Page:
Across the country, women are struggling to care for themselves and their loved ones while paying the bills and supporting their families. Despite the lessons learned during the COVID-19 pandemic about the importance of giving people time away from work to recover when they are sick, too many workers are still without basic protections. It is long past time to guarantee all workers paid sick days.
Working people who most need paid sick days were least likely to have them
In 2022, almost 30 million civilian workers in the United States lacked any form of paid sick days—including a majority of people working in the lowest paying jobs. People working in service sector jobs—where women are overrepresented—are among the least likely to have paid sick days. Workers in these low-paid jobs often report feeling the need to report to work even when they are sick or need care—a phenomenon that not only harms individuals and their families, but also presents a risk to public health.
Women overall are less likely to have access5 to paid sick days than their male counterparts, a disparity that compounds gender inequality and economic insecurity, as women are still more likely than men to serve as both primary caregivers and breadwinners for their families. Part-time workers—who are more likely to be women and women of color—are also far less likely to have access to paid sick days than full-time workers. Lack of access could mean severe economic hardship; for workers without paid sick days, taking even a few days off to recover from an illness could mean losing wages equivalent to monthly costs for groceries, gas, or household utilities like electricity and heat. These realities leave working people with the impossible choice between taking care of their health and maintaining their financial security.
Paid sick days are a proven solution to protect workers’ health and economic security
In the absence of action by the federal government to guarantee paid sick days for all working people, states and cities around the country have passed their own laws to provide workers with paid time off to recover from illness. Evidence from these programs clearly demonstrates that providing workers with paid sick time benefits individuals, families, and the economy.
Paid sick days improve public health. Providing workers with time off when they are sick can help reduce the spread of seasonal flu by up to 40 percent during a major wave. Giving people paid time off work means they are more likely to seek medical care when they are sick. And providing workers with paid sick days increases vaccination rates, which can help slow the spread of diseases. Parents with paid sick time are also better able to access health care for their children including immunizations and regular doctor’s visits.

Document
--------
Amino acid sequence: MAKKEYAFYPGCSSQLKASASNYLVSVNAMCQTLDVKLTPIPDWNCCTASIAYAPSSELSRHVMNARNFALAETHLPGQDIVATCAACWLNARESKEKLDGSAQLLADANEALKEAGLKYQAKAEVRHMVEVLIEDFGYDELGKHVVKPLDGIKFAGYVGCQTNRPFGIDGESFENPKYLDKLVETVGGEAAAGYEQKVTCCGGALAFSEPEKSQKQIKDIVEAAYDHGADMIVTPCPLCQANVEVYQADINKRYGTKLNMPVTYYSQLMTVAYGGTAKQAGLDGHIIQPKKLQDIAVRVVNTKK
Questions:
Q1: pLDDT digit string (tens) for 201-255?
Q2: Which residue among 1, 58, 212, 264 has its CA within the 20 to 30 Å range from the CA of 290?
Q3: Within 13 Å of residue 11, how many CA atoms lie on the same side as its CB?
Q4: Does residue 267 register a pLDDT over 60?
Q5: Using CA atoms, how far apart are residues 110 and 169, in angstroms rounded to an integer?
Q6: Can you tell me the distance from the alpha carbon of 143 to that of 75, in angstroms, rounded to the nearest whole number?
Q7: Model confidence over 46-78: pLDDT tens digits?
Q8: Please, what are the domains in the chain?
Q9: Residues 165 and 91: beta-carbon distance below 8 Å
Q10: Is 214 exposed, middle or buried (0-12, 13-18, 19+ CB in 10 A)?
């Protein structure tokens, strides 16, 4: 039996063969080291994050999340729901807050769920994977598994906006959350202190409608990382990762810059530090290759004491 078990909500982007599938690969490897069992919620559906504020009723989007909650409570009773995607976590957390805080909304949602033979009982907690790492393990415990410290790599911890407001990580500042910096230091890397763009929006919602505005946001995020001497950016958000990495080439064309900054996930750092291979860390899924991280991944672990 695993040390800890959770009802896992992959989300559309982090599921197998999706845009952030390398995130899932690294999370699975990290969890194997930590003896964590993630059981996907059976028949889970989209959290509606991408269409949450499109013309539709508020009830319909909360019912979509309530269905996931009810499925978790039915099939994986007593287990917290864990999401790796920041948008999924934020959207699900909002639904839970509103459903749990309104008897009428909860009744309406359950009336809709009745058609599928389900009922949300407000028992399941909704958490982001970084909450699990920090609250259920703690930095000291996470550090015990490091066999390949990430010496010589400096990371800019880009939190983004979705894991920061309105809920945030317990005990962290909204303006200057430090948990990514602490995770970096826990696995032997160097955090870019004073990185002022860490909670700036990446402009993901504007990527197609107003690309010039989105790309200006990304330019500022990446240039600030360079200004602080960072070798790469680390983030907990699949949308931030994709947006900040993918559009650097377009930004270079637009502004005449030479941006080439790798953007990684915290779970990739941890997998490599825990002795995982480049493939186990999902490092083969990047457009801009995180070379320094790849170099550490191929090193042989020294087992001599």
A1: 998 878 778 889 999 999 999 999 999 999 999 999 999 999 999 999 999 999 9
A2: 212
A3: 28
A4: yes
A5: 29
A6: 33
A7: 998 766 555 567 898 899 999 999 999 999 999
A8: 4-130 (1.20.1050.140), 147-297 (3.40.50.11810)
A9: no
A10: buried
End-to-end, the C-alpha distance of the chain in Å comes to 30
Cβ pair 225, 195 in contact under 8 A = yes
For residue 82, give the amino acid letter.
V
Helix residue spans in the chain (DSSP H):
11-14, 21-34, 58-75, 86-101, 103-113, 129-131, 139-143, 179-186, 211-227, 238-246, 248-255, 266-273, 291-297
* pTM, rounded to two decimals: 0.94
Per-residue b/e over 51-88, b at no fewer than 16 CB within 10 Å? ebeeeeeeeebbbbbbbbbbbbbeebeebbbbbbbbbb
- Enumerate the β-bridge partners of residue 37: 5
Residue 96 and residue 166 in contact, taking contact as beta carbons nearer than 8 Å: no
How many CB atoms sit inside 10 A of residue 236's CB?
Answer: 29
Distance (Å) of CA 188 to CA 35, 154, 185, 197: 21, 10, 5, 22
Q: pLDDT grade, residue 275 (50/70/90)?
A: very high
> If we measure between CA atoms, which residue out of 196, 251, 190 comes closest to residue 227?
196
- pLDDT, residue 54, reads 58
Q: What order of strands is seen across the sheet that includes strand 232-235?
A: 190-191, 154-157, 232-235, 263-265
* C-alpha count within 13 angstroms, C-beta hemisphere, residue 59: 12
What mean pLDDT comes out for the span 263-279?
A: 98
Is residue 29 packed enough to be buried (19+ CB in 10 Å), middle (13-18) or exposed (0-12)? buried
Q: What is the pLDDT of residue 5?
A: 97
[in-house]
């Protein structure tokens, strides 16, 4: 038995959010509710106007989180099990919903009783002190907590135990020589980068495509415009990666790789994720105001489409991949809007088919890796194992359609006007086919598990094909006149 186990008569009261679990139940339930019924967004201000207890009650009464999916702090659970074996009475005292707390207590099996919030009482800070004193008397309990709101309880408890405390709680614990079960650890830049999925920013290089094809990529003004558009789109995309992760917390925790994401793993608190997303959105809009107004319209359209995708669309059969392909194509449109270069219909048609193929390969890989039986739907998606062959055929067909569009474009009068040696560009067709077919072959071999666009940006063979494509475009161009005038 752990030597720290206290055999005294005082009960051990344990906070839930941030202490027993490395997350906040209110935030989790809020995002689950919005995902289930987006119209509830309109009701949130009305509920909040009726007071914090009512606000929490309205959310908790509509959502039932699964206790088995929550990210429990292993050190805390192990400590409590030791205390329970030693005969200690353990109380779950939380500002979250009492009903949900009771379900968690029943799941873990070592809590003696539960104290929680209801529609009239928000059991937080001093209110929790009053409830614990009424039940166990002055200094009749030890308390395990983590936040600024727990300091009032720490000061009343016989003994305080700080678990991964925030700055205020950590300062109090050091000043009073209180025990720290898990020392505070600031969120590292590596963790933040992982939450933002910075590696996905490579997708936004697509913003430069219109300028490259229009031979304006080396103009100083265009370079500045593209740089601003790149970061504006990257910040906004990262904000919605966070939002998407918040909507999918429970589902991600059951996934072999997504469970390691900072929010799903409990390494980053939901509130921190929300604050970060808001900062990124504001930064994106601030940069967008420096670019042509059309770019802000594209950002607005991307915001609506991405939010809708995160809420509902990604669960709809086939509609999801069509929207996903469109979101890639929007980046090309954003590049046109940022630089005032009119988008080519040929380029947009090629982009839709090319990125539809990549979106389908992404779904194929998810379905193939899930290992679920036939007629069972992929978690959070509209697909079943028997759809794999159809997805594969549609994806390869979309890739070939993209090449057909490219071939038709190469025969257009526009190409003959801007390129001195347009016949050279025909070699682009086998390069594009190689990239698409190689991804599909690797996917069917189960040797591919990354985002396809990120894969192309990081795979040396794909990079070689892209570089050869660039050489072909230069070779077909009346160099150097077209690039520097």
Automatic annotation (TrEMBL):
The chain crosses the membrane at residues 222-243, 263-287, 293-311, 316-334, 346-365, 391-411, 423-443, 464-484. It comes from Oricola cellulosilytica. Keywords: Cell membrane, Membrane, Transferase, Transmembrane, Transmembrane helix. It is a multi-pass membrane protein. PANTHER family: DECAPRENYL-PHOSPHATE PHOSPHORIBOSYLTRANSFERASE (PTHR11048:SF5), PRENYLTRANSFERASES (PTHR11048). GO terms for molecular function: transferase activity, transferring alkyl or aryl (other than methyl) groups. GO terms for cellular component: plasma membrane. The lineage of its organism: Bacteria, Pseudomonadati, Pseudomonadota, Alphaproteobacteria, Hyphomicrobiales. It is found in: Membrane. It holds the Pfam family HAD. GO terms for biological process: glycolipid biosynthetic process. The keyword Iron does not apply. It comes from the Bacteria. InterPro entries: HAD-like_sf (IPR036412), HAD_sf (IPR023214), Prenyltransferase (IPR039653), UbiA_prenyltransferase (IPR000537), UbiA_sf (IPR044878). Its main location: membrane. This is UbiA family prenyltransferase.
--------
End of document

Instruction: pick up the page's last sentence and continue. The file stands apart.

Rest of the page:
Paid sick days benefit businesses and contribute to a more robust overall economy. Research from states with guaranteed paid sick time shows that laws have a positive impact on local economies. In addition, workers with access to paid sick days are less likely to show up to work when sick—a phenomenon that costs the economy billions of dollars each year—and are less likely to quit their jobs, which in turn reduces costs to employers associated with employee turnover.
There is also evidence from the federal level that paid sick time laws are effective. In 2020, Congress passed the Families First Coronavirus Response Act (FFCRA), which required some employers to provide two weeks of job-protected paid sick days for workers to care for themselves or their loved ones for reasons related to COVID-19. The FFCRA was the first time the United States implemented a national paid sick days program, and research shows that the law helped flatten the curve in the early days of the pandemic, slowing the spread of cases and protecting public health. In states without an existing paid sick days program, emergency leave led to a 56% decrease in COVID-19 infections across the state. But the FFCRA expired at the end of 2020, and the country lost a proven tool to help fight the pandemic.
Policymakers can learn from the progress made at the state and local level and provide working people with paid sick days to standard that is comprehensive, inclusive, and economically viable for working people. Guaranteeing all workers have access to paid sick days is a simple, commonsense solution, but one that will have an outsized effect on improving the lives of workers.
The Healthy Families Act would establish a national paid sick days policy
Under the Healthy Families Act, employees would accrue seven sick days each year that can be used in cases of personal illness, to access preventative care, to provide care to a sick family member, to attend school meetings related to a child’s health, or for safe leave to recover from or receive support related to an incidence of domestic violence, sexual assault, or stalking. Employers with 15 or more employees would be required to pay employees for sick time; employers with fewer than 15 employees would still have to provide sick days, but they would be unpaid.
Building an economy that works for all people requires us to address the gaps in our social infrastructure that have long harmed women of color and their families. Providing workers with paid sick days is a vital part of how we can start to build an economy that finally works for women.